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Alum Creek State Park
Drive west of the dam, where Big Walnut Road turns north to become Lewis Center Road and turn in at the Visitor’s Center sign. The beach parking area turn is about 0.25 miles further north. The beach is very crowded on summer weekends but is lightly used most other times of the year. Park at the Visitor’s Center (first right after the dam), and walk the trails to the east (down to the beach) and then north, looping through a small forest patch. The beach is not much for mudflats and shorebirds, but usually has a big flock of gulls roosting (check for terns and oddities), and can have a few shorebirds during migration, especially in the morning before the crowds build up. It also gives a commanding view of the southern reservoir and any waterfowl upon it. The shrubs around the visitor center can be a good migrant trap as can the forest edge trail to the north of the parking area. The overgrown field area east of the visitor’s center (down to the shore) is an excellent spot for migrant and wintering sparrows including flocks of Chipping, Field, and Tree Sparrows, but be alert for just about anything.
Alum Creek rests in the midst of the fertile agricultural till plains and river valleys of Delaware County. In contrast to the surrounding farmlands, the park offers a diverse array of natural features. Cliffs of Ohio shale are notable in many areas, exposed as Alum Creek and other streams cut through underlying bedrock. The shale was formed as mud washed into the ancient sea which covered the area several hundred million years ago. The dark hue of the rock is due to the mixture of a carbonized plant material and mud that formed the shale.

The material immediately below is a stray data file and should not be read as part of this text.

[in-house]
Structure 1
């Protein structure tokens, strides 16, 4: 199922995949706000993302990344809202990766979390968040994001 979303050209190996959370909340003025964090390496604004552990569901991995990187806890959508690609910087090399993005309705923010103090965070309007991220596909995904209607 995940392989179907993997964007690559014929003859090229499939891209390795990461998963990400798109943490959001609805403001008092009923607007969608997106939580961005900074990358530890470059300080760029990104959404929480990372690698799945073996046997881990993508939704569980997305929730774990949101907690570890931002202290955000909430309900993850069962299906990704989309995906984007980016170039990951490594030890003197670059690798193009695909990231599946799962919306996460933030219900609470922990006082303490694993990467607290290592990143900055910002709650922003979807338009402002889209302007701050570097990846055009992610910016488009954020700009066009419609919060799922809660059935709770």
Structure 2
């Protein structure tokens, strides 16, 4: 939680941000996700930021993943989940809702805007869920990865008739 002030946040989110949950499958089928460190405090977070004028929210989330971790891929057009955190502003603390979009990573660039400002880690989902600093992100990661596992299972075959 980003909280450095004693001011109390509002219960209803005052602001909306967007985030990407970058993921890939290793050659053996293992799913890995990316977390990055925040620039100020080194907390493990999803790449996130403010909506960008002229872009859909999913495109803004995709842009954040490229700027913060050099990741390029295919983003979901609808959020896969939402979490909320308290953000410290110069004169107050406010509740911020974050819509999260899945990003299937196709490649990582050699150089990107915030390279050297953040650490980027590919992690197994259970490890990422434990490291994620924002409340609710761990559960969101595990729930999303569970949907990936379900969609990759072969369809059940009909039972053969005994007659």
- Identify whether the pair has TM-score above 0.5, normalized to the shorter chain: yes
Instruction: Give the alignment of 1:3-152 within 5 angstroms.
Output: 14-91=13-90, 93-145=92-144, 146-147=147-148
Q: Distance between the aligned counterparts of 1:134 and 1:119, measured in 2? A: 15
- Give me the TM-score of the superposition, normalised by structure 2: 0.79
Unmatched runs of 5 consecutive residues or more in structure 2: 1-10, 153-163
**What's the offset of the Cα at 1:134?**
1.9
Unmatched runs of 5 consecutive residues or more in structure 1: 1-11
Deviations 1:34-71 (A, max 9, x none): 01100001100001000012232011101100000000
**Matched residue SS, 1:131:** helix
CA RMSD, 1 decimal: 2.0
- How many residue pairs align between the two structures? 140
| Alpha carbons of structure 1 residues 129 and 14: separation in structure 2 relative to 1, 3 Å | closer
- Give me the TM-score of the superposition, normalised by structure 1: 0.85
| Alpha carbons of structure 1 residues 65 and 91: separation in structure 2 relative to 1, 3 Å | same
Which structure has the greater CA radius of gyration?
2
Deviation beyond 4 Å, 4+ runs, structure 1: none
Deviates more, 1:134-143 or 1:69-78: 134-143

The rich soils of Delaware County gave rise to a luxuriant beech-maple forest after the retreat of the glaciers about 12,000 years ago. That original forest has long since been cut but a healthy second-growth forest is preserved in the park. The woodlands harbor a variety of plant species and offer the interested observer beautiful displays of wildflowers and wildlife. Large-flowered trillium, wild geranium, bloodroot, and spring beauties carpet the forest floor. The forest is home to fox squirrel, woodchuck, rabbit, white-tail deer, and many other species of wildlife.
Restrooms on site.
Content from Alum Creek State Park webpage and Ohio Ornithological Society